Between April and June 2015 I left my job as an archivist at the Wellcome Library for two months to work at Médecins Sans Frontières (MSF) in Brussels as the Team Leader of a specially recruited team of three information professionals for their Ebola Review Project.
Throughout the Ebola epidemic MSF was heavily involved in sending medical staff to the worst affected countries of Guinea, Liberia and Sierra Leone as well as to Nigeria, Mali and the Democratic Republic of the Congo. MSF also assisted with the training and setting up of an Ebola Treatment Centre in Senegal. Treating patients in emergency scenarios makes reviewing decisions and considering alternative courses of action a fundamental activity. MSF’s Ebola Review Team, a team of external consultants, was created to do exactly that. While interviewing key decision makers was an important part of gathering information for the review, examining records created at the time was critical. This is where the Ebola Review Archive Team played an essential role.
Using standard records management systems and procedures is almost impossible when responding to life or death situations on a daily basis with staff working in numerous Ebola treatment centres and in various countries. For this reason Ebola records had not been gathered in a systematic way and it was the job of the Ebola Review Team to collect important digital records. To provide access to the material we worked with a Belgian software company and system called Knowliah.
The first step in this process was to carry out a records survey talking to people who had been in charge of decision making for the epidemic. This was one of my favourite parts of the project because it involved meeting people who had been involved in all parts of MSF’s work ranging from medical treatment to the supply of equipment and the practical requirements for water and sanitation.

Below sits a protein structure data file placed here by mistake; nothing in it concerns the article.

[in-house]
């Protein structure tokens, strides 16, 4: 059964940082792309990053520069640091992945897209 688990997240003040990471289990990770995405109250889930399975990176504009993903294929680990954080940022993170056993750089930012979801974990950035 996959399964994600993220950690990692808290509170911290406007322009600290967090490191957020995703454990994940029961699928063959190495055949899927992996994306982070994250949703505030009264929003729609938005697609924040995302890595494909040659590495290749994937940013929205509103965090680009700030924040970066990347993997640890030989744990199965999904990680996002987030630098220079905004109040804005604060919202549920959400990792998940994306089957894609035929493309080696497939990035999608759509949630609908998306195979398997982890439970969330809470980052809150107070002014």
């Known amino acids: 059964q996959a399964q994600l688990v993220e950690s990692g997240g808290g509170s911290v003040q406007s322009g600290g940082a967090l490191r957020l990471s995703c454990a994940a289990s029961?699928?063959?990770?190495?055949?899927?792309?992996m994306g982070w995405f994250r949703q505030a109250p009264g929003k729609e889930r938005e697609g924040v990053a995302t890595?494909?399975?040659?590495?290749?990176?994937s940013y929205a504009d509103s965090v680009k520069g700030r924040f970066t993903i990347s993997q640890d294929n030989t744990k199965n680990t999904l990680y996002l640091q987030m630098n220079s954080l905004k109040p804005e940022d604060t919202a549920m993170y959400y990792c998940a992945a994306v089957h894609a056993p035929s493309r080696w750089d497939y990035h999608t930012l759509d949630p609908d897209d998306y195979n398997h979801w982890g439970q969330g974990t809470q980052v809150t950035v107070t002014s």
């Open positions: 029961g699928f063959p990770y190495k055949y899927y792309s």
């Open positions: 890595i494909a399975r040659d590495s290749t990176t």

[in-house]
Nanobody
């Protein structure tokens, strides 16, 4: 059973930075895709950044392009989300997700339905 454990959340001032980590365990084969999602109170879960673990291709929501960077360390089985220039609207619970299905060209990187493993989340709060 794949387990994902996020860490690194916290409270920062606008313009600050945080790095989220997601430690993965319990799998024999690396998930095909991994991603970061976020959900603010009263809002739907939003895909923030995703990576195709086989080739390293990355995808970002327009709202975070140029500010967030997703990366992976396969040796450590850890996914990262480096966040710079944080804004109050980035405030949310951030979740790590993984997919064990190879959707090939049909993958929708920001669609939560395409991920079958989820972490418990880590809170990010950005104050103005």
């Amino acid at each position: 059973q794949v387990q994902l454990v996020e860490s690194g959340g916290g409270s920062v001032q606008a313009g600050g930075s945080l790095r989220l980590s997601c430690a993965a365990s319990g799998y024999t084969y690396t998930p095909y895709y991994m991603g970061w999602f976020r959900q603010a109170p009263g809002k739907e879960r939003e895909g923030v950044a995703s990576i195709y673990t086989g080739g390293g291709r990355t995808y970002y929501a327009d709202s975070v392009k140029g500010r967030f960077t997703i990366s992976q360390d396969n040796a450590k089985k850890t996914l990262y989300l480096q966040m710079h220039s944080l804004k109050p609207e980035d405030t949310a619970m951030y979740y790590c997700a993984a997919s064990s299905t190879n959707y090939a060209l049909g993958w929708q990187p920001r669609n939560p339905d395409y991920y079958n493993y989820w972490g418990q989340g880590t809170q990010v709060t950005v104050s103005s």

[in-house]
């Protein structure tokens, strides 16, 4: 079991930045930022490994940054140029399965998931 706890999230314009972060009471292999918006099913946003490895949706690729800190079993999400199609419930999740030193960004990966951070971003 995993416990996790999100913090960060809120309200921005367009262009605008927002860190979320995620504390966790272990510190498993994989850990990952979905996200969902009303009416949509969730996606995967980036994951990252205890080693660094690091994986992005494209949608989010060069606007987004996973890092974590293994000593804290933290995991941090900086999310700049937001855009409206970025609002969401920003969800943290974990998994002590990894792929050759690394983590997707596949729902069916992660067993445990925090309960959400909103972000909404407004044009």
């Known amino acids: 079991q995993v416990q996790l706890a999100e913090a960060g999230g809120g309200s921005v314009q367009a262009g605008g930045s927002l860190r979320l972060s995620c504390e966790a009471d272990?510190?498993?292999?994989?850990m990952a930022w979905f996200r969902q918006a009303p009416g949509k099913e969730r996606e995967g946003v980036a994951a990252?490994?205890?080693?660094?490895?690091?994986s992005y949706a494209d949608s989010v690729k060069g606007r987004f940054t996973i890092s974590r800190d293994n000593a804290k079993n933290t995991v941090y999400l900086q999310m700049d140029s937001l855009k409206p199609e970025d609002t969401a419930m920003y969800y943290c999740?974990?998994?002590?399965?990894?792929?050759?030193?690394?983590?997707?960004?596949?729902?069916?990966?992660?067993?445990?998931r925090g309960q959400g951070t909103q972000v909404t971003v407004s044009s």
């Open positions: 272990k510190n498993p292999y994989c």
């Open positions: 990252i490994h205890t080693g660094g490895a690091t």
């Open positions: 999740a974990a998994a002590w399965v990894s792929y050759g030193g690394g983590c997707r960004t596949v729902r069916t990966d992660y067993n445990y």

The next step was to collect the digital documents that might be held on shared drives, USB sticks or in private folders. Emails were also included in the collection and formed the most complicated part of the document collection process. With the permission of each email account holder we were able to export non-private emails remotely from individuals’ email accounts, but this was a time-consuming process and involved making a selection of emails based on relevance and time period. The export then had to be migrated to an appropriate format for the Knowliah software system to deal with.
Before the documents could be made available to the Knowliah system, the archive team was tasked with creating a thesaurus or ‘content information model’, in effect a set of key terms in both English and French that could be used to tag documents and which related specifically to the context of MSF and the Ebola outbreak. This was created by carrying out workshops about key terms used and examining MSF-produced literature for terminology. One of the complications we found was that place names such as Gueckedou could have several different spellings in English and in French (for example Geckedou or Guéckédou) which would all affect searchability.
With the ‘content information model’ in place, Knowliah ran an index of the documents and emails. This allowed the keywords and tagging to be applied. The launch of the system was an exciting day for all involved in the project. Behaving similarly to a search engine, the Knowliah system allows terms to be typed in to a search box so that relevant documents can be located. Other ways of refining results include being able to see the most common ‘cluster’ of words around the original search term.
With the documents collected and the Knowliah system for providing access in place, I left MSF in June confident that the Ebola Review Team would be able to find and analyse important documents relating to MSF’s Ebola response.
Working at MSF was an excellent opportunity to find out more about their activity in Ebola affected countries and other important fieldwork happening across the world all the time. The Archive Team’s efforts collecting documents and making them available to reviewers enabled MSF to learn from past decisions and will be useful if a similar outbreak occurs in the future. Contributing archive skills to a project where lives are being saved isn’t usually the norm in the day-to-day work of an archivist and it was a privilege to be able to help in this way.